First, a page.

IF THINGS fall into place as Bob Gotterson QC anticipates they will, lawyers can expect to read and hear a lot more about their peak body.
The Law Council of Australia’s (LCA’s) incoming president takes office tomorrow (20 September 2003) and will immediately move to ensure the profession he will represent during the upcoming year sings from the same hymn sheet.
“Our legal profession is very diverse. The interests and opinions of the many elements of the profession do not always coincide. Sometimes accommodations need to be made to reach a common position at national level,” the Brisbane-based silk said.
A self-confessed landscaping fan, who enjoys the odd spin on his ride-on mower, Gotterson is keen for all grass roots participants to get involved in the process.
“My challenge over the next 12 months will be to consolidate the links between the various elements of the legal profession. I intend to ensure that all points of view are heard and that the processes of accommodation are fair and balanced.”
Working more closely on coordinating a united voice is something the LCA commenced earlier this year. Comparing the LCA to a federation, Gotterson said constituent bodies — state and territory-based law societies and bar associations — needed to work together when speaking on matters of national interest.
While promising not to engage in a “demarcation dispute that would see bodies muzzled”, Gotterson believed there was room for the LCA to assume a greater visibility.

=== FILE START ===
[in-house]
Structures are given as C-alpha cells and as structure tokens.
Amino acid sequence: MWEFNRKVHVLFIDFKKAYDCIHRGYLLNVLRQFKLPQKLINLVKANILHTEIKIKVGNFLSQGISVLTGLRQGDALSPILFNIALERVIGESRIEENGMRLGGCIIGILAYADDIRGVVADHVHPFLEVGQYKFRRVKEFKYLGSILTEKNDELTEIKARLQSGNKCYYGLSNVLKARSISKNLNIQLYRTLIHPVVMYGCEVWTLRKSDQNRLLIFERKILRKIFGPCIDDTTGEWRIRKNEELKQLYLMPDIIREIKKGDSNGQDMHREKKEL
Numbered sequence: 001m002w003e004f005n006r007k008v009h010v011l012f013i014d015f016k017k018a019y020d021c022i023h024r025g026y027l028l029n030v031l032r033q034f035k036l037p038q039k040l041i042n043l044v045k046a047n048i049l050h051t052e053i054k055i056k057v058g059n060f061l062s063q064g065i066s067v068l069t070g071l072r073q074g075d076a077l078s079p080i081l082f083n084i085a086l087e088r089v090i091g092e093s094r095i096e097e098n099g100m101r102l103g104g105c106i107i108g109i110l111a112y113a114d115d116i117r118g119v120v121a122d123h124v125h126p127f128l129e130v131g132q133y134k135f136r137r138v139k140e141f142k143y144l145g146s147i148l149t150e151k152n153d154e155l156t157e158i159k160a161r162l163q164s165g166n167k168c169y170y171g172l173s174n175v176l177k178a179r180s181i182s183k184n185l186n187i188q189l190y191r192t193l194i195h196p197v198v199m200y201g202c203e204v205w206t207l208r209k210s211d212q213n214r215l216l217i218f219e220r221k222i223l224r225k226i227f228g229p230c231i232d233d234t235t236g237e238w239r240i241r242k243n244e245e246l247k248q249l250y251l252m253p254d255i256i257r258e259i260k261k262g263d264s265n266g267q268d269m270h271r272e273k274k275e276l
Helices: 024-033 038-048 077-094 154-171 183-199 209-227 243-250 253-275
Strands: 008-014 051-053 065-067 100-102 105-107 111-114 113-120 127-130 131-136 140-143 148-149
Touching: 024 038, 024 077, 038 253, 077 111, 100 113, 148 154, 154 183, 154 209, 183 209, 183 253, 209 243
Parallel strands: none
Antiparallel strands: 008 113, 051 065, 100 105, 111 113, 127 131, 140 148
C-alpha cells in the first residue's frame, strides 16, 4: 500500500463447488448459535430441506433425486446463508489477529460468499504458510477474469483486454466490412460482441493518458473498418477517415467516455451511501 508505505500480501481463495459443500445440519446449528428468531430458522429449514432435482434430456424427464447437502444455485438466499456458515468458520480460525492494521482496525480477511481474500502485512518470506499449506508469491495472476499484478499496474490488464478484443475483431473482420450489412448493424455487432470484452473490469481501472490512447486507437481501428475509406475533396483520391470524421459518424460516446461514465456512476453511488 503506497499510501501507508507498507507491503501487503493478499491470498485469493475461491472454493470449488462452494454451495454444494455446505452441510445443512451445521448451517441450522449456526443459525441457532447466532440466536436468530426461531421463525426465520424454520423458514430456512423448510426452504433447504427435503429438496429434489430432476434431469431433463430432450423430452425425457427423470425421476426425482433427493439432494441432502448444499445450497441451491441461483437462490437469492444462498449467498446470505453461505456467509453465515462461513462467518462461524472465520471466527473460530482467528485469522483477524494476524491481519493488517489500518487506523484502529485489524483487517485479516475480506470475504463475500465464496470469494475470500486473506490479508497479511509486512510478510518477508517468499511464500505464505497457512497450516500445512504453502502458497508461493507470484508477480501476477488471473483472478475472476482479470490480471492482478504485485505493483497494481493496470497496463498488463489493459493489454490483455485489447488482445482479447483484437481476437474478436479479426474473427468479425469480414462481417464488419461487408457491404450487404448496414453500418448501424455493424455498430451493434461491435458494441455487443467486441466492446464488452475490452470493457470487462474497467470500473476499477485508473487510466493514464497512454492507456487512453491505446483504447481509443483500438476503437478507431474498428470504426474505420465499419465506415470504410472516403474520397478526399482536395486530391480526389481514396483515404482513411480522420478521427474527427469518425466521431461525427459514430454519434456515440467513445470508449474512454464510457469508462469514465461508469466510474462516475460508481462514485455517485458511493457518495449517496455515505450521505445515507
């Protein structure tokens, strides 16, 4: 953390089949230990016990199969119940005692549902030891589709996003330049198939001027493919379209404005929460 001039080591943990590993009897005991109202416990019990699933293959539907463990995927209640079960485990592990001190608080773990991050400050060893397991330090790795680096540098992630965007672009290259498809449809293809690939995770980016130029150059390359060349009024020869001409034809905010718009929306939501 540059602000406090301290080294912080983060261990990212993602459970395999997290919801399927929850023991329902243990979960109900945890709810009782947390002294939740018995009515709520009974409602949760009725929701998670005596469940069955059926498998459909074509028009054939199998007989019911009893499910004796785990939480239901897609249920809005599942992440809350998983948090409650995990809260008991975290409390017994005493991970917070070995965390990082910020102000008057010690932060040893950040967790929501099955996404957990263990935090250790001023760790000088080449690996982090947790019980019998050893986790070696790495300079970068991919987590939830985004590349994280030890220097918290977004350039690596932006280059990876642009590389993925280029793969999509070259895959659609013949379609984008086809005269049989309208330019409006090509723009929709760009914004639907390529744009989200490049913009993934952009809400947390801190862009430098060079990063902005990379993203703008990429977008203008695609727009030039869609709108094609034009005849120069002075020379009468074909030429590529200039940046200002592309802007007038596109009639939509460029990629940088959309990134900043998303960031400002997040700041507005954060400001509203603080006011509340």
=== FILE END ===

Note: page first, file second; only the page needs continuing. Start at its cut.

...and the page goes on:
“We would always like to enhance our recognition with the public and the profession. My feeling is that it has risen over the years, but is still not to the level we would like it,” he said.
Part of the difficulty for the LCA when it comes to addressing individuals is the absence of, as Gotterson puts it, “ a direct connection” with lawyers.
Moves are underway to overcome that hurdle, however. Last month an email alert system commenced, through which four electronic bulletins have been sent directly to the inboxes of law society and bar association members. In slightly more than a month, four bulletins have already been sent.
“In terms of making ourselves more accessible to lawyers on the ground, the electronic era has definitely made things easier,” Gotterson said.
Taking the reins from outgoing president Ron Heinrich, Gotterson becomes only the second person to serve as president of both the LCA and Australian Bar Association.
He acknowledges that much of the work conducted by his predecessor, most notably — the National Practice Project and Harmonised Professional Standards Legislation — is of a long-term nature and probably won’t reach fruition before his term ends in 12 months time.